Frequency is either an example of a likable, but redundant movie adapted into a series, or an example of why networks shouldn’t only make pilots of new shows available to critics. Because I’ve only seen the pilot, I have no way of knowing for sure which kind of show it is. It’s heartfelt and likable, but doesn’t quite justify its existence.
The 2000 feature film by writer Toby Emmerich and director Gregory Hoblit tells of a firefighter named Frank Sullivan and his police detective son, John (Dennis Quaid and Jim Caviezel, respectively), who connect across time via shortwave radio, repair their relationship, and unleash catastrophic change upon the present. It was a fine example of a modestly budgeted genre film made memorable by strong performances, a believable and affecting central relationship, and a sturdy, clever plot that integrated notions of parallel timelines into a tale that was gripping even if you weren’t especially interested in having a wonky discussion about the scientific theories driving the storytellers’ choices. The pilot to the CW series version trades father-son bonding for father-daughter bonding (the detective is now named Raimy Sullivan, and played by Peyton List) and turns her father, Frank (Riley Smith), into an undercover cop who walked out on his family, died during a botched undercover operation in 1996, and is widely believed to have been corrupt.
If you’ve seen the movie, none of the pilot’s twists will surprise you. The script moves key elements around, retools others (the cop stuff is naturally more prominent now that there are two in the family), and gives Raimy a boyfriend who’s thinking of proposing to her (she found an engagement ring in his shaving kit). It’s different mainly in the placement of the original film’s subsidiary but related hunt for a serial murderer known as the Nightingale Murderer (which sounds like a groaner if you haven’t seen the movie, but you’d be surprised how well it works there), and for the way it warms up and complicates the central relationship by casting a woman in the lead role. Father-daughter dynamics are just different from father-son dynamics, even when the daughter in question is a “tomboy” (the show’s word, not mine), mainly because of social conditioning placed upon both parties. Frequency the show doesn’t get into any of this explicitly, which is probably wise considering network TV’s terrible track record discussing gender roles in an organic, non-clunky way; but it’s carried as subtext through List’s performance, who’s much less emotionally constricted than Caviezel’s version of the character — more open about her emotional damage, and generally more empathetic and responsive in moments of stress.
Smith’s John Sullivan contrasts with her nicely: He’s a Frank Serpico–styled scruffy tough guy, with facial hair and a cool leather jacket. The show has the good sense to refute the old story about him being corrupt pretty quickly (we never would’ve believed it anyway; this is a network show) and get on with the business of figuring out why he was killed and finding a way for Raimy to prevent it. Would it surprise you to learn that there was a conspiracy, and that police know more than they’re telling?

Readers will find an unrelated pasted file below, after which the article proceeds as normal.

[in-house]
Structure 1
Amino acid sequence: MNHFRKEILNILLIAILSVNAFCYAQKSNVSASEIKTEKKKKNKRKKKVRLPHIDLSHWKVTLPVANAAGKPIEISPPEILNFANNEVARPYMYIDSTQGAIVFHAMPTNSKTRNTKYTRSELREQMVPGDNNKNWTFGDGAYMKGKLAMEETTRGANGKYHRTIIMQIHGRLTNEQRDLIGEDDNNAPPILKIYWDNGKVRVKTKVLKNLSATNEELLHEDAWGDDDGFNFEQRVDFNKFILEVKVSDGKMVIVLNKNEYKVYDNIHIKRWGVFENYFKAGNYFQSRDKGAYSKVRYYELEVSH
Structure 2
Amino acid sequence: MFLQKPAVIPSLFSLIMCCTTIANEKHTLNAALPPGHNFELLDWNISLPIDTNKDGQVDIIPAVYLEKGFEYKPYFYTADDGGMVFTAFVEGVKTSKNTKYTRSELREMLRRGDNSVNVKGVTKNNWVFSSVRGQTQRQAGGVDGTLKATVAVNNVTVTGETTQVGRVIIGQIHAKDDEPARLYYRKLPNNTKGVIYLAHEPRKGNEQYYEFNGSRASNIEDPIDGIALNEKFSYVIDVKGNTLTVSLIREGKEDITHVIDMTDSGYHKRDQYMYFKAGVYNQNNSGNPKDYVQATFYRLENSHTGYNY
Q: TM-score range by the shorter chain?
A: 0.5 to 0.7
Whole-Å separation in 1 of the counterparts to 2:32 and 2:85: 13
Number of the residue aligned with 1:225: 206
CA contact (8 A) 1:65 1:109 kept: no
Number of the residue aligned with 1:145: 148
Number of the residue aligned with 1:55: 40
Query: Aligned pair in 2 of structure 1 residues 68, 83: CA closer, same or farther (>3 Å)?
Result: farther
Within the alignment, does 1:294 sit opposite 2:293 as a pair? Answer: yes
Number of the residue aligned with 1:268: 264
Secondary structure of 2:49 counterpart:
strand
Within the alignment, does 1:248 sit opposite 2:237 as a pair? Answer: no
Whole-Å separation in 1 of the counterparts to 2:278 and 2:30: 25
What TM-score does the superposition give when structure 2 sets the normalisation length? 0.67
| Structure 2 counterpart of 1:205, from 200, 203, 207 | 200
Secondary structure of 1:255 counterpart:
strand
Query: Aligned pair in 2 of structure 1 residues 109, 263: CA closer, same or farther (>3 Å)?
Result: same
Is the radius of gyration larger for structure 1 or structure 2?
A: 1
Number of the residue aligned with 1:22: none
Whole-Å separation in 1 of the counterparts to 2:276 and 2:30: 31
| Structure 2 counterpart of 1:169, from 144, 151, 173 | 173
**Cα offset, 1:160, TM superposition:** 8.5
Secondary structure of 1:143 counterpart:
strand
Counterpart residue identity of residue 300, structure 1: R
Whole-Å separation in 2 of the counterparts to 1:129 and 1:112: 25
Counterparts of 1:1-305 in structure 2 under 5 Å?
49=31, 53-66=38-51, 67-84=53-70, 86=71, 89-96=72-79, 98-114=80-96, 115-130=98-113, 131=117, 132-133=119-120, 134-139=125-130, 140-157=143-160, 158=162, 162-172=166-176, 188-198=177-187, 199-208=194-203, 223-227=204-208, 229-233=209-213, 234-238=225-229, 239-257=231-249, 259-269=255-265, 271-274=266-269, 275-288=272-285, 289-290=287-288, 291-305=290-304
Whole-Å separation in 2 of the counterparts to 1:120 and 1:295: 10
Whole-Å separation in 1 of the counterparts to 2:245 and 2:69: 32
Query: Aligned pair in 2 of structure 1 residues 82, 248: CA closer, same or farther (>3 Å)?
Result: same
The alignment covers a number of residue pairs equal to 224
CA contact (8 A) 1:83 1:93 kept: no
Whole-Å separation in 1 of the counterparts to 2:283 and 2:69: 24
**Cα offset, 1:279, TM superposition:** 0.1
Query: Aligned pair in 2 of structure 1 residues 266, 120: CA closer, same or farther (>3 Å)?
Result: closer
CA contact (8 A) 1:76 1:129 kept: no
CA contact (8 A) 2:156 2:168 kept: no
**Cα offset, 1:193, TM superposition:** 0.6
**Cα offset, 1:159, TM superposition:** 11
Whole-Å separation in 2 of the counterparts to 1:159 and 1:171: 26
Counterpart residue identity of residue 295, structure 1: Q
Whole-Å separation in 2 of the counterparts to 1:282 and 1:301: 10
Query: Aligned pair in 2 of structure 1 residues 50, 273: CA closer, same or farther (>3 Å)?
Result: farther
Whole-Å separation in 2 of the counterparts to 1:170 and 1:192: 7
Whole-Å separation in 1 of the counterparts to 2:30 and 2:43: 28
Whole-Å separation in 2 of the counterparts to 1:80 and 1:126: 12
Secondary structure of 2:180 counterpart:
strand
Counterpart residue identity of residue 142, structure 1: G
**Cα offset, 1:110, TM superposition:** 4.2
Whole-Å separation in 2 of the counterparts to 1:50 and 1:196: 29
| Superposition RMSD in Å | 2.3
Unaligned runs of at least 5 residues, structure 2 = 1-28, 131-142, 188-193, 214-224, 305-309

The high point of the show is a four-minute radio conversation between Raimy and Frank that rips the scabs off old wounds and begins healing them, all while setting the remainder of the plot in motion. List and Sullivan are both so strong in this self-contained scene that it makes the rest of the pilot — a sprint through a typically exposition-choked script, with a crosscut climax seemingly modeled on a particular Christopher Nolan film — feel comparatively unremarkable.
Like another current time-travel show, NBC’s Timeless, this one is meticulous in noting all the ways that the present can change as a result of futzing with the past. But where Timeless seems to be positing a single timeline that can be rewritten by traveling backward, Frequency has Raimy tell us that “time is really parallel,” with narrative lines running alongside each other like railroad tracks separated by an invisible but surprisingly permeable membrane. The show expresses this idea (as the film did before it) by juxtaposing the present and the past like a mirror and its reflection, or like the real versus the Upside Down in Stranger Things: Frank rests a burning cigarette on the shortwave while talking to Raimy, and Raimy sees burn marks appear on the casing, etc. The most fascinating aspect of the show is its decision to let the “old” pristine future and the newly altered one exist side by side in Raimy’s memory, rather like the two versions of Frequency that now exist in the minds of viewers who’ve seen both. It’s a bright idea, redolent of much headier science fiction that we’re used to seeing on commercial TV, but there’s no way to tell right now if Frequency can build on it. Viewers who come into the show with no knowledge of the original movie’s plot will surely appreciate it more, because the recycled stuff will feel new to them, and the new stuff will feel even newer.